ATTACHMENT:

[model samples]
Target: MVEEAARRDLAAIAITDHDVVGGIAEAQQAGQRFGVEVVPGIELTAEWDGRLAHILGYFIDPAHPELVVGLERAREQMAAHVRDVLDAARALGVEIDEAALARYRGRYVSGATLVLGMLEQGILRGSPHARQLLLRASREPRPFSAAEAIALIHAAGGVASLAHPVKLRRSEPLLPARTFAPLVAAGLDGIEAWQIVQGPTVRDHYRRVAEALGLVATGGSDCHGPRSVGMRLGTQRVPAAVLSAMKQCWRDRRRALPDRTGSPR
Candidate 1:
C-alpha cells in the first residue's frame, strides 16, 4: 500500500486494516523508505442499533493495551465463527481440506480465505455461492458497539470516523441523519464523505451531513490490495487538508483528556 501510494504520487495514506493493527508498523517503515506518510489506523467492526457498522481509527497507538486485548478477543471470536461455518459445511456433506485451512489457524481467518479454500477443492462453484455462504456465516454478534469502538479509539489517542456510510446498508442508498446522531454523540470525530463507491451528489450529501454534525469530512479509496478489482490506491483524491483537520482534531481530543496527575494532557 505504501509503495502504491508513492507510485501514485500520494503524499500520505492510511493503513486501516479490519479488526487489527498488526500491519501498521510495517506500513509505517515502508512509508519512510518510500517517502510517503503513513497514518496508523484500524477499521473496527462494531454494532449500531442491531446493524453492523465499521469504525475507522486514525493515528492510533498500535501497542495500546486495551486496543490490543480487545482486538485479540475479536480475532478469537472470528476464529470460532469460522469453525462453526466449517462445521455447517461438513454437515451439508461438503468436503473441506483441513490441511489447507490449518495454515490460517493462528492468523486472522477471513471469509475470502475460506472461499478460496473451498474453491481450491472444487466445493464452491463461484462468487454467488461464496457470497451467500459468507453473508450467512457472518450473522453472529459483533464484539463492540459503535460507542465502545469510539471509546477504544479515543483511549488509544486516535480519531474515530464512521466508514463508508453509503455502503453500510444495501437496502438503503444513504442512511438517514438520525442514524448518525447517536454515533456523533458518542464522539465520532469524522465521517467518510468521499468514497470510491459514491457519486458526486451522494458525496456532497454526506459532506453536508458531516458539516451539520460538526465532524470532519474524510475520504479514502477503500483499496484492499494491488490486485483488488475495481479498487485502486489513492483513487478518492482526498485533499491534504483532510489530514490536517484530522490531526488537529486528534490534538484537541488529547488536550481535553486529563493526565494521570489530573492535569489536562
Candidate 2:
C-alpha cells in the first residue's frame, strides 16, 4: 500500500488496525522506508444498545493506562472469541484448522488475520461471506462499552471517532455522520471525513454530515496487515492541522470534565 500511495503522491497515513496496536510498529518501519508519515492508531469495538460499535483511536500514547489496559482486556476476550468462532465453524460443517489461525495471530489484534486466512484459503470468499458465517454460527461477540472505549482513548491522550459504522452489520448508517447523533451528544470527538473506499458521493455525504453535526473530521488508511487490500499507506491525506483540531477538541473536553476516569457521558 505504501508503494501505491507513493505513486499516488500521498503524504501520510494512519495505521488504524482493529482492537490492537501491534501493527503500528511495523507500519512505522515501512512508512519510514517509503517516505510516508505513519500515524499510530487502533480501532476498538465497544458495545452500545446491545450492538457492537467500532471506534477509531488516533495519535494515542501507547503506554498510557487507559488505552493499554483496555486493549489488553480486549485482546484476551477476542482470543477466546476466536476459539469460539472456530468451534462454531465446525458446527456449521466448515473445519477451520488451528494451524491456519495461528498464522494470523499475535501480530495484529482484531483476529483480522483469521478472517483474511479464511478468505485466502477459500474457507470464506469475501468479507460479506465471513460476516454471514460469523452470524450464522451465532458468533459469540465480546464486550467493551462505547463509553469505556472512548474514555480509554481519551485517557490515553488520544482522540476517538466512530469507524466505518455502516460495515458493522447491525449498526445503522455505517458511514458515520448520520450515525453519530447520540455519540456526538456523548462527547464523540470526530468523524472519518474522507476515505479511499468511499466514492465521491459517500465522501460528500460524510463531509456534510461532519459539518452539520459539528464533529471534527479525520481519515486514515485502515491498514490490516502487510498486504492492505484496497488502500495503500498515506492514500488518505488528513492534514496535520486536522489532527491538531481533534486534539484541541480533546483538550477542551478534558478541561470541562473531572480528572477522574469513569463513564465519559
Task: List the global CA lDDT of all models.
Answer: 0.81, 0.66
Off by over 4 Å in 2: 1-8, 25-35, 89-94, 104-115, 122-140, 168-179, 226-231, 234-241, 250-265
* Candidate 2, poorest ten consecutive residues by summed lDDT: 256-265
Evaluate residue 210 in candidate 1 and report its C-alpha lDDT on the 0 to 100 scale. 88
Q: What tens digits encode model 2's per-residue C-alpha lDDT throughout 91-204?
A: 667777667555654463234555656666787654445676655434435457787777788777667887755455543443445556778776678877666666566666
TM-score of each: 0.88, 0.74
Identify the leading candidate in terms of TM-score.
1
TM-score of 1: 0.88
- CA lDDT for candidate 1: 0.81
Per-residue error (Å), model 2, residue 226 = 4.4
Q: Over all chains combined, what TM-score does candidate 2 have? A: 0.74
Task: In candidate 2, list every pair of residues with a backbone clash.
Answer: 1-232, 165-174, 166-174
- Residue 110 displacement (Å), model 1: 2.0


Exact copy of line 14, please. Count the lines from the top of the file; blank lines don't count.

TM-score of each: 0.88, 0.74